At other points, I did worry about whether Freire’s comments could be used to encourage ideologically enthusiastic teachers to “indoctrinate” students with their personal political positions (I don’t think this is Freire’s position, but I worry it could be used that way). I am certainly sympathetic with Freire’s main point that powerful elite classes in society do not want students to learn critical thinking skills or to be exposed to political thinking. I also agree with Freire that the “banking” model of education–the model of depositing information uncritically–is a huge problem, made worse by standardized testing, consumeristic marketing of education, and other neoliberal values. In “Teaching is a Human Act,” Freire continues this discussion through an examination of the ideologies that are reproduced in the educational system. In this reading, Freire states more clearly that teaching is a political act that depends upon “unmasking” the dominant ideologies (p. 91). While Freire is careful to say that this political attitude should not be authoritarian, doctrinaire, or elitist in the way that it is presented, I worry about how these ideals would be applied in practice. Specifically, I worry about whether it is really so simply to be a passionate, activist, politically engaged teacher who actively challenges political authorities without in some ways reifying one’s own political views. This may not even be intentional! But from my understanding, there is some debate within various contemporary area studies departments about how much political advocacy is acceptable and how dissenting viewpoints should be managed. If the teacher perceives the student’s viewpoint to represent the oppressive, dominant class of society, should the student be shut down? Doesn’t it simply give the teacher more authoritarian power if they are allowed to decide which political viewpoints get to be expressed and which are out of bounds?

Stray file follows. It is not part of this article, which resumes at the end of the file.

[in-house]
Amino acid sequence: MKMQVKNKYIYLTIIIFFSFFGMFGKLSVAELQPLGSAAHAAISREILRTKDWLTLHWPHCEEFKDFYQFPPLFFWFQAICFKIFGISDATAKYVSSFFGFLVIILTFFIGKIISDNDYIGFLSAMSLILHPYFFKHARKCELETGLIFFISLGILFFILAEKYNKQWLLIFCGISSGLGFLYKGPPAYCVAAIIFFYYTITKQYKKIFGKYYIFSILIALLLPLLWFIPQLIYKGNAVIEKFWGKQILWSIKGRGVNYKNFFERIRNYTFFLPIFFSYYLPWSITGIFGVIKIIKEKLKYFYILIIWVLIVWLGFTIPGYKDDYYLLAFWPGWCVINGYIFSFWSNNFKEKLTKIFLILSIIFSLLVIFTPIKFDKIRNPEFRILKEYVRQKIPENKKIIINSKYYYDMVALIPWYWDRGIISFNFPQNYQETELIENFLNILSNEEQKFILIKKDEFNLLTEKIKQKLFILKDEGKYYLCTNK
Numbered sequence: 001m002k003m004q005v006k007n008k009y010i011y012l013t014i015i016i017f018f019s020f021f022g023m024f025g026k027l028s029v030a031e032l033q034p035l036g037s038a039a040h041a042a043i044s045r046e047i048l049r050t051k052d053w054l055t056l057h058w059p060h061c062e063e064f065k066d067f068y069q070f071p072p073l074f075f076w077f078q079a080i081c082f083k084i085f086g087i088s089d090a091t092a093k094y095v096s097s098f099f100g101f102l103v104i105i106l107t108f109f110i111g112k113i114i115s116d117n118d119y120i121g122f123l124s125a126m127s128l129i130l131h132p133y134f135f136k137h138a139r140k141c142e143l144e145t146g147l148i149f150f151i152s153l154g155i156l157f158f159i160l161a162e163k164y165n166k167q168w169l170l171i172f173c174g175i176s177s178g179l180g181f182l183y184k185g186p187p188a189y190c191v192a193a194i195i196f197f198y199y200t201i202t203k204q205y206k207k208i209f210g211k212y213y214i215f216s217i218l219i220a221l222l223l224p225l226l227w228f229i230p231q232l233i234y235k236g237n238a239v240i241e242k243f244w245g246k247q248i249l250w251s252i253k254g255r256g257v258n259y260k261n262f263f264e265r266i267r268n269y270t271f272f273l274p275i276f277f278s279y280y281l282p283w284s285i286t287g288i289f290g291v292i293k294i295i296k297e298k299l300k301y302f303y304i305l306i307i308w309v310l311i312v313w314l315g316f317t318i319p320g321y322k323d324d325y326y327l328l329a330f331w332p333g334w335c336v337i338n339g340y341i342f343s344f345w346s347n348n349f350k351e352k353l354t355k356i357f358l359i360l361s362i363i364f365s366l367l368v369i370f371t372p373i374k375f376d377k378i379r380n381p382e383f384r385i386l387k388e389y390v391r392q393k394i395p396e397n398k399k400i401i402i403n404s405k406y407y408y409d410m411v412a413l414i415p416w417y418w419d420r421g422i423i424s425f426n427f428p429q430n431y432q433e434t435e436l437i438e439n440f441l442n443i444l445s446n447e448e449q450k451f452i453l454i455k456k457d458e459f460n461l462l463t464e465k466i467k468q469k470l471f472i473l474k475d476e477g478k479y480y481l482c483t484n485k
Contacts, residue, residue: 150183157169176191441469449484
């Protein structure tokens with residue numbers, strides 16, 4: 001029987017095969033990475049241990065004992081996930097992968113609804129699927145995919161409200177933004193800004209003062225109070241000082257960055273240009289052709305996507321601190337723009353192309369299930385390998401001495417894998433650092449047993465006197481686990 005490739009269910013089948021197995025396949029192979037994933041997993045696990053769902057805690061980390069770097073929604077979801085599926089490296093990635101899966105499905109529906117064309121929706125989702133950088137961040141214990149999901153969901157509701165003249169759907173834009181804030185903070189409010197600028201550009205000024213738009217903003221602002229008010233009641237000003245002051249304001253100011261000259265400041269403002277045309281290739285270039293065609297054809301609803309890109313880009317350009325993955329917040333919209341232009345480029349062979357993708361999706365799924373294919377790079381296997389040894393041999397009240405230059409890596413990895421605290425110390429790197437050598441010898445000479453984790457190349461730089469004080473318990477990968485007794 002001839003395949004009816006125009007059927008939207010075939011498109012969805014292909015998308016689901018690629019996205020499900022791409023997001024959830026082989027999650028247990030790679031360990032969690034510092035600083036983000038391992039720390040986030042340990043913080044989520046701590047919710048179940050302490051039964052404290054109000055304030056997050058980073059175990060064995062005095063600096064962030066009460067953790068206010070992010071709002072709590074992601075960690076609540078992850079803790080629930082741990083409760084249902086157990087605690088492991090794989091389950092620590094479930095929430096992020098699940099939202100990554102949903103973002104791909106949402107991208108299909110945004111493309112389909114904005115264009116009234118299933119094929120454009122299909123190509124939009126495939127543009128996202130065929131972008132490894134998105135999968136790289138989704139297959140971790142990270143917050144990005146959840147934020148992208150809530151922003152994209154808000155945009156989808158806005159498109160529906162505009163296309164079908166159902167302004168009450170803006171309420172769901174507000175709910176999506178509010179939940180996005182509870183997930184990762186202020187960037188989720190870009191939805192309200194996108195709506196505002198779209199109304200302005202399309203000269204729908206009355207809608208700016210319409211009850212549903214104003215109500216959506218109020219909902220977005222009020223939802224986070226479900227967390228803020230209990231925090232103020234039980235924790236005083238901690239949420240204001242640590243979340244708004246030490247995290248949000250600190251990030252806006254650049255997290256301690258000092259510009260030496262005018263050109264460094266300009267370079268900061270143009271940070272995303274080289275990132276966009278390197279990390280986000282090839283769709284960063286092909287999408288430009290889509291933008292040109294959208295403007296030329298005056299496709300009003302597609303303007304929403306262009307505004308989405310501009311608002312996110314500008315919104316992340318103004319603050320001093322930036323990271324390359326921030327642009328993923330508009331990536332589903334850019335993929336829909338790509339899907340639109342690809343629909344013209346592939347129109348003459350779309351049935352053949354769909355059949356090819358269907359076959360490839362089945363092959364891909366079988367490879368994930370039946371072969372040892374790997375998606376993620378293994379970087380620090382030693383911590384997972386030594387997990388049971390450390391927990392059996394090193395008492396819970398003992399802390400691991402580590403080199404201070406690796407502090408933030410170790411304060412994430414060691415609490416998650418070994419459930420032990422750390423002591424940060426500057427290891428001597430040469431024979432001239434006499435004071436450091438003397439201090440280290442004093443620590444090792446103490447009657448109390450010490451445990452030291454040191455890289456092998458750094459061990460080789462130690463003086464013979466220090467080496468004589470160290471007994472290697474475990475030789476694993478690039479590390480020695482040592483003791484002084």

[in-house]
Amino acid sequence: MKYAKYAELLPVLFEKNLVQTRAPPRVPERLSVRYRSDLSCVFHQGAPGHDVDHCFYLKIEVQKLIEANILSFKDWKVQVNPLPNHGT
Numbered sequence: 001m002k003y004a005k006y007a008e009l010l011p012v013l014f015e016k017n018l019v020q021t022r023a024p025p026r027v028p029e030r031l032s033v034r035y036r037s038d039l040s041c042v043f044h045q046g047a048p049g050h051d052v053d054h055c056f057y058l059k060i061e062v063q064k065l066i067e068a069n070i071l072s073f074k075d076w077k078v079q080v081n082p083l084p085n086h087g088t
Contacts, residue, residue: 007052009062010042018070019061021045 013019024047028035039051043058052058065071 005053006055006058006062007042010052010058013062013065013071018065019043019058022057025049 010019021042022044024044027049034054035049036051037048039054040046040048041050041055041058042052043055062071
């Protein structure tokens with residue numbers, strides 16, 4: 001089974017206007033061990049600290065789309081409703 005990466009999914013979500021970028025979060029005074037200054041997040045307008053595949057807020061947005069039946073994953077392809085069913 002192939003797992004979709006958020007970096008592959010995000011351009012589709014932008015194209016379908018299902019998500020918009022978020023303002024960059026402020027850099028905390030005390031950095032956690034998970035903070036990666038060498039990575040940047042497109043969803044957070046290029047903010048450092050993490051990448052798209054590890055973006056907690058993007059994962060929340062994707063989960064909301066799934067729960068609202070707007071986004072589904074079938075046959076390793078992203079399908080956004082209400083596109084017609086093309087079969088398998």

My personal approach to this is to include some politically touchy subjects on my syllabi, but to try to emphasize to students that I am introducing these topics to open up conversation, rather than to impose my own views. Of course, I could be criticized from this angle for being too wishy-washy or unclear about my stance about issues on which I feel strongly. Should teachers be honest about where they are coming from politically? Can they do this without inadvertently using the power of the teacher role to reify their own viewpoints, and discount others? My own view is that while there are some fringe views which are too extreme to be welcomed in a classroom, teachers should try to be tolerant as much as possible in relation to opinions that are offered by students in good faith. At the same time, by framing questions in certain ways or introducing certain readings, it is obvious that I am shaping the political framing of the discussion. In other words, as a teacher, I am not neutral. Some of the most controversial topics I have introduced include, for instance, postcolonial theory and feminist theory. Sometimes I am frustrated when I don’t think that students are “getting it,” but I try to remember that their learning process doesn’t have to be the same as mine.